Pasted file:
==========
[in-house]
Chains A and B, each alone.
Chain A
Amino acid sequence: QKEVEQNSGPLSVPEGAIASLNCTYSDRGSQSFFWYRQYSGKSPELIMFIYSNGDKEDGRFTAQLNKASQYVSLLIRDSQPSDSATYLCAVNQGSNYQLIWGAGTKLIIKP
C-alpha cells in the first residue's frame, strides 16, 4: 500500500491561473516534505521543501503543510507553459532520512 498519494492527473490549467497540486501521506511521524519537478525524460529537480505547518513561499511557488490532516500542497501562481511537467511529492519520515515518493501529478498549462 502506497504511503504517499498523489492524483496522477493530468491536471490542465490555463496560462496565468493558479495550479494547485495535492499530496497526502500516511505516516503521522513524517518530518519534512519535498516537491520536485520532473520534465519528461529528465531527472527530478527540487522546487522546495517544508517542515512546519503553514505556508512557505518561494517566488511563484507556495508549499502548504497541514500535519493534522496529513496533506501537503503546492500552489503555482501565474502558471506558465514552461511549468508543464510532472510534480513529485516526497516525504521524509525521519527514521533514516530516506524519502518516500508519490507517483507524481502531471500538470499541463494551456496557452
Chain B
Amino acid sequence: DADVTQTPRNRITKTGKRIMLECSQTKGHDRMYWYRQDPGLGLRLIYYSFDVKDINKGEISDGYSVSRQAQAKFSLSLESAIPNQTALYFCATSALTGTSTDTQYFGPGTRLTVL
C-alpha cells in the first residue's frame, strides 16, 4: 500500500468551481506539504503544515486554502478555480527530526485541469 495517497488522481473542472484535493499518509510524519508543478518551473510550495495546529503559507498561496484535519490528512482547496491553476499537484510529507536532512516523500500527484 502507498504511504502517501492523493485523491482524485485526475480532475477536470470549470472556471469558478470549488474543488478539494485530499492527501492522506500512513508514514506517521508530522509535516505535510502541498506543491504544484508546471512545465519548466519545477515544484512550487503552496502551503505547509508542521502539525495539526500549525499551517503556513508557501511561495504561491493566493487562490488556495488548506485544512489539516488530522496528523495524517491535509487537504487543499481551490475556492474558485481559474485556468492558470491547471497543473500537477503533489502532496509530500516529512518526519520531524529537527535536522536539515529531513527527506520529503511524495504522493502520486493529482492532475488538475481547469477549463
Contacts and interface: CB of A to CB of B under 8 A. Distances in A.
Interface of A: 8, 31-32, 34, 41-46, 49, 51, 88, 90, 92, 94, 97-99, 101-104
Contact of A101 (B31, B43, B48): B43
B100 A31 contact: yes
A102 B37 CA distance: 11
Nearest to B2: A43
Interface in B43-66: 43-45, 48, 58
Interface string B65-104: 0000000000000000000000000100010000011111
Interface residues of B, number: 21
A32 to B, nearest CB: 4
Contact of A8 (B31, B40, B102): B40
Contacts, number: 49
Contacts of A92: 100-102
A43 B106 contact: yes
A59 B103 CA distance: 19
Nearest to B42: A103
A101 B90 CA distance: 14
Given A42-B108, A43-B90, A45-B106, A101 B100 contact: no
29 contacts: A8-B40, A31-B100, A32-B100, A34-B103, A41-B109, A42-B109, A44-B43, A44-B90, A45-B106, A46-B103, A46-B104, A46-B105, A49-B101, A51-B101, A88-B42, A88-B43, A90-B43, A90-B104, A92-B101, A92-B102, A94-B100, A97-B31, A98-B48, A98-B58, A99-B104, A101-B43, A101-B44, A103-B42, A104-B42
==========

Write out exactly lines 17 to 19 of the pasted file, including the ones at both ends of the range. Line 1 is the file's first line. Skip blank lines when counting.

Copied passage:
Interface residues of B, number: 21
A32 to B, nearest CB: 4
Contact of A8 (B31, B40, B102): B40